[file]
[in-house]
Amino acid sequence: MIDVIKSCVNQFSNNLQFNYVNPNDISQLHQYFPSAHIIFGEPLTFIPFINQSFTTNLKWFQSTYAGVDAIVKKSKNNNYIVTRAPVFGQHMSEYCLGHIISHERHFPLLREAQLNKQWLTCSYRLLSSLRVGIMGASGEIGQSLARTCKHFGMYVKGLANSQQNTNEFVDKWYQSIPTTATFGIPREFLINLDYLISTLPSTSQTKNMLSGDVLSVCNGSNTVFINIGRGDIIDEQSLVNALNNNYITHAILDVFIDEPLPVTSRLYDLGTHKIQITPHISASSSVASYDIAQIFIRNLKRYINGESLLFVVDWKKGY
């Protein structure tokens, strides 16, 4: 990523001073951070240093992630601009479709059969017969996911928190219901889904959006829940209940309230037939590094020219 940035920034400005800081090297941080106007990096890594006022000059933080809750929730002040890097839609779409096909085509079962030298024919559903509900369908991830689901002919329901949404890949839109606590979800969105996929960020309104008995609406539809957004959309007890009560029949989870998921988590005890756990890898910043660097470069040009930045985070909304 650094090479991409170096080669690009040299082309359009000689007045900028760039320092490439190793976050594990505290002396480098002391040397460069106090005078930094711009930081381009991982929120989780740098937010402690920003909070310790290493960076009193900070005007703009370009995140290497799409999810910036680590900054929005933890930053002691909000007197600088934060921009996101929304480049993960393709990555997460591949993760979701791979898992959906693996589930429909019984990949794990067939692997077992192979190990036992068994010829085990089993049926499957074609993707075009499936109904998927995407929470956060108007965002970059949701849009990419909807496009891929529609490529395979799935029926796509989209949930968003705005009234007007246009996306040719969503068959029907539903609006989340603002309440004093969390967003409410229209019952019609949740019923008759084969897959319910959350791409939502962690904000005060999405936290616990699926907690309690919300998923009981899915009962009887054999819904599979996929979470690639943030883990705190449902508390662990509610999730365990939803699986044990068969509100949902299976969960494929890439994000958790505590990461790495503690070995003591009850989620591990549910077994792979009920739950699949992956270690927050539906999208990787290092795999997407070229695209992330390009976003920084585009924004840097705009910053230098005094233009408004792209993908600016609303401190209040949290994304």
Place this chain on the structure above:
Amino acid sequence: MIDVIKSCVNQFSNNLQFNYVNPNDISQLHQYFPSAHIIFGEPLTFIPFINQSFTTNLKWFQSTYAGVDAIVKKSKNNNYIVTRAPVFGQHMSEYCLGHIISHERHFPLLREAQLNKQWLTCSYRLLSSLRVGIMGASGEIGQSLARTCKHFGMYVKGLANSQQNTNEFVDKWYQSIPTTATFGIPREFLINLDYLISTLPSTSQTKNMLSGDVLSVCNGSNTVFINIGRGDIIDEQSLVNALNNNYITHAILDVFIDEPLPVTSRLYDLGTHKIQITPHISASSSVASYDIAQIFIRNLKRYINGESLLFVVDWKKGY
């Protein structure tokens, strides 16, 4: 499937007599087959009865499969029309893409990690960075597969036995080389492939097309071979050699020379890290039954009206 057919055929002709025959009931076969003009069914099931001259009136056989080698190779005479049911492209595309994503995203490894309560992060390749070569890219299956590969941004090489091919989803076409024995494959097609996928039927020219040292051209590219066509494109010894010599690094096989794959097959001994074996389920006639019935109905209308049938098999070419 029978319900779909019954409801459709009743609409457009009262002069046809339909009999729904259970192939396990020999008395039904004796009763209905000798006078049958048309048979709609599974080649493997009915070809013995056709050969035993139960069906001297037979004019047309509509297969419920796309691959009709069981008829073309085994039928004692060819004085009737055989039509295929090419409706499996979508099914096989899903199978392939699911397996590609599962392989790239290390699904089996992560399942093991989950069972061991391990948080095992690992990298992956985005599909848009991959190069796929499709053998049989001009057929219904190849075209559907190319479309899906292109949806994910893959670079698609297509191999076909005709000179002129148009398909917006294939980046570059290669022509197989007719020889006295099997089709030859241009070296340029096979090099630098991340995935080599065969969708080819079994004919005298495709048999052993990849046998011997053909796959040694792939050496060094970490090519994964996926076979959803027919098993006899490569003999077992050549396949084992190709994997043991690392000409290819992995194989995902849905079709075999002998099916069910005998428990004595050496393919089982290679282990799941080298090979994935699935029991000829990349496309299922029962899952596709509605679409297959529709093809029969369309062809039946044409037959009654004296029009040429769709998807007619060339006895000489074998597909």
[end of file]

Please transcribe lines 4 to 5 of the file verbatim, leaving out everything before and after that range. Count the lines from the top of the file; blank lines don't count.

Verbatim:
Place this chain on the structure above:
Amino acid sequence: MIDVIKSCVNQFSNNLQFNYVNPNDISQLHQYFPSAHIIFGEPLTFIPFINQSFTTNLKWFQSTYAGVDAIVKKSKNNNYIVTRAPVFGQHMSEYCLGHIISHERHFPLLREAQLNKQWLTCSYRLLSSLRVGIMGASGEIGQSLARTCKHFGMYVKGLANSQQNTNEFVDKWYQSIPTTATFGIPREFLINLDYLISTLPSTSQTKNMLSGDVLSVCNGSNTVFINIGRGDIIDEQSLVNALNNNYITHAILDVFIDEPLPVTSRLYDLGTHKIQITPHISASSSVASYDIAQIFIRNLKRYINGESLLFVVDWKKGY